“Don’t worry, I mean not to condone them. Nor condemn. Not outright. See, there were plenty of people in Germany at that time, who believed that the Nazis were wrong. They were afraid to speak up. Because the thing that had gotten them to the point where the Nazi party took power was an egregious treaty that left Germany dealing with the brunt of the previous war’s financial problems. The German people were pushed to the brink by inflation and poverty. The truth is that Hitler just happened to come at the right moment. He isn’t the first leader to exploit his nation’s hardship for his own gain. He won’t be the last. History repeats itself. The same drive that led people to rise up, was also tied in to the Germans who tried to help the Jews. Not to mention, the Jews and gays get so much sympathy, but what about the gypsies? To this day, that culture, or what’s left of it, is still looked down upon by Europe. It has the connotation of being a thief, slovenly. Gypsies were often killed, outright. I haven’t seen a lot of mourning for them. That goes to show that even sympathy is tied to the feelings of nation and the time. It’s easy for us to sit on our high horse and judge, but we are not better.”
There was yet-another long pause.
“So, cuz, does that mean that how we see morality and love and all of that is just tied to culture? That nothing is set in stone? That seems like chaos. How do we measure who we are as people without some sort of compass to guide us?”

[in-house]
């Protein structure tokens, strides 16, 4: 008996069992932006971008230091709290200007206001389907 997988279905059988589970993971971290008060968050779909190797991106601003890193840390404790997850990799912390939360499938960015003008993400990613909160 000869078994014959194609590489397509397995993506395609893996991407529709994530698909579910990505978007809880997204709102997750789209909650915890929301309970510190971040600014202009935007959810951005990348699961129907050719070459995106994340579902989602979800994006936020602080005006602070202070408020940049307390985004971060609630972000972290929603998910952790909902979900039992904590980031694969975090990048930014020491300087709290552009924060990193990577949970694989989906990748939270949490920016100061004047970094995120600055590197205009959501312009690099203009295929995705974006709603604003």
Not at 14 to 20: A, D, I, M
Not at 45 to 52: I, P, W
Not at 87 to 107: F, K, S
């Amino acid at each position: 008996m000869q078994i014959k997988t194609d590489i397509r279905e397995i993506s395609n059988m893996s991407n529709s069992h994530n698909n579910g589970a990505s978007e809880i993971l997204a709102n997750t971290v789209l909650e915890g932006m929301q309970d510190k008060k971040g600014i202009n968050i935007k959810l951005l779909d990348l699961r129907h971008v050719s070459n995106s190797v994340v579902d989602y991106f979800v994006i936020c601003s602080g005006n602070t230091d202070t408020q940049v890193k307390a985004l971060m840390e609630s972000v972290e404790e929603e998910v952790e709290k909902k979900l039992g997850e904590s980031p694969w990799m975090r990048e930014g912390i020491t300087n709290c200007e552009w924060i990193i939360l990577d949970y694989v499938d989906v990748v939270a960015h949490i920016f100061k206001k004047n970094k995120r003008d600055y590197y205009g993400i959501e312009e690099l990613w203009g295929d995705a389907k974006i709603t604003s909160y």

He winked at her. “Me dearest cousin, that is the greatest question of the 21st century. One that I am glad to be a part of. Even if it is when I’m folding my boxers and listening to Chris Botti. It is what it is. The actions of a lone summer’s day, to be enjoyed by two people who are dearest to one-another. Profound stuff.”
Just then, the cat entered. It’s lithe gray and black body coming to rest on his cousin’s lap, quickly settling in and demanding affection.
She looked up at her cousin. “So then, if we can’t explain love, how do you explain cats?”
His eyes went wide. “I think you’ve found the greatest philosophical question that has ever been asked! One which, I believe, can never be answered. For the answer is in the statement – cats. Just, cats.”
The two of them laughed. Finishing up his laundry, he sat next to her. The two enjoyed the wind, blowing through the window, on that cool early-summer’s day.
Until next time, a quote,
“Life … is a tale
Told by an idiot, full of sound and fury,
Signifying nothing.” – Seyton, Macbeth